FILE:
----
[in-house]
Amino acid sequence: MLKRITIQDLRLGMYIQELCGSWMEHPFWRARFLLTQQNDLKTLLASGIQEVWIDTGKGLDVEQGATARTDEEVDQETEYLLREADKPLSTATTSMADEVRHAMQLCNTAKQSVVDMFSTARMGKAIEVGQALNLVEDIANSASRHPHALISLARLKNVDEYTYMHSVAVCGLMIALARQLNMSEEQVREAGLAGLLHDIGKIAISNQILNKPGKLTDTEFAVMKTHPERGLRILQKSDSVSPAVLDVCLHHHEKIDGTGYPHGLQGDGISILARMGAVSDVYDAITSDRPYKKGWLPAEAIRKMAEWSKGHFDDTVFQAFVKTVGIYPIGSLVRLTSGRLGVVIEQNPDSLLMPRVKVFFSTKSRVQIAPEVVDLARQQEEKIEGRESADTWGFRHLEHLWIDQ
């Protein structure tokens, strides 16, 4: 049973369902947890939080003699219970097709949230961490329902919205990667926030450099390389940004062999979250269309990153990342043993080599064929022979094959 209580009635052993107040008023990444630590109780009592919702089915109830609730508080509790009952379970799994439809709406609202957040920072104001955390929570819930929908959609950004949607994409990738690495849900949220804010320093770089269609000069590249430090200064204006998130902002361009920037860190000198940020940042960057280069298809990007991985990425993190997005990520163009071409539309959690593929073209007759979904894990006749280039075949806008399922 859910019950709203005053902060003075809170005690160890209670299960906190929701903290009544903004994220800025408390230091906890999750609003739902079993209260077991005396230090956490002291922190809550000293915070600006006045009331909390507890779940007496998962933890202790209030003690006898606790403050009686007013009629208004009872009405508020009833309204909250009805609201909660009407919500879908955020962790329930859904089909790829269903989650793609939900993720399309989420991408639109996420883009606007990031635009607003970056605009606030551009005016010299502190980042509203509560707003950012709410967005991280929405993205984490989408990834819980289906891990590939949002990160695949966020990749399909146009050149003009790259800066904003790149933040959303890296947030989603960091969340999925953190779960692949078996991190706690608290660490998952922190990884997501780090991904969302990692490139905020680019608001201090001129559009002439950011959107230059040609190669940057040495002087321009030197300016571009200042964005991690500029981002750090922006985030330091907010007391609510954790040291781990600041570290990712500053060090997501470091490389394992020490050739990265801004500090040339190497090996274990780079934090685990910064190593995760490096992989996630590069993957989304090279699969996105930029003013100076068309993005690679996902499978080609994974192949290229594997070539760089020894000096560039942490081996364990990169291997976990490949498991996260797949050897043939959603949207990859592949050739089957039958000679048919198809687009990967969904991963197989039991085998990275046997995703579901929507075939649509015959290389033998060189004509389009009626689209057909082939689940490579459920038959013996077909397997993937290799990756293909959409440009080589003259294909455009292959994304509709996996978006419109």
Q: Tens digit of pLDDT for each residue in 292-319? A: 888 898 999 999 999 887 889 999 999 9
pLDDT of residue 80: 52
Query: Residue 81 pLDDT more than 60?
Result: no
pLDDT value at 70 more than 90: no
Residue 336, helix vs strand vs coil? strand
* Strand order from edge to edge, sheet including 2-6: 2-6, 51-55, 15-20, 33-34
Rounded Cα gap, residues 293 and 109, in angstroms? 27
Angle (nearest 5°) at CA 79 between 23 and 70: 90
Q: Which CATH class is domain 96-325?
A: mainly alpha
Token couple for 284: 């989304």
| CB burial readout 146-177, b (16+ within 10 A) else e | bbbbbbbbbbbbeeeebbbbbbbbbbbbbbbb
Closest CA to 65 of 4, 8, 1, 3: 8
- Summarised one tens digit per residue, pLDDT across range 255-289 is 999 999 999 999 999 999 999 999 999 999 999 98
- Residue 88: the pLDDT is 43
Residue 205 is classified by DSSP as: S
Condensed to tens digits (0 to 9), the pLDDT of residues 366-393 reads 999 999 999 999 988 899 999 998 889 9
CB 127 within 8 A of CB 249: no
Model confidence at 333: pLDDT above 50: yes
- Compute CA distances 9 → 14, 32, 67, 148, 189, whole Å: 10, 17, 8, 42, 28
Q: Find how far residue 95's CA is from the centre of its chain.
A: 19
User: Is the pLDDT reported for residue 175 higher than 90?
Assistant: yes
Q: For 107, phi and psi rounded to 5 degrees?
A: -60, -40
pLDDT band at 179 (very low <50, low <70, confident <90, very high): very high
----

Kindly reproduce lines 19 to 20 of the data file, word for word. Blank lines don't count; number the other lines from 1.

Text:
- Residue 88: the pLDDT is 43
Residue 205 is classified by DSSP as: S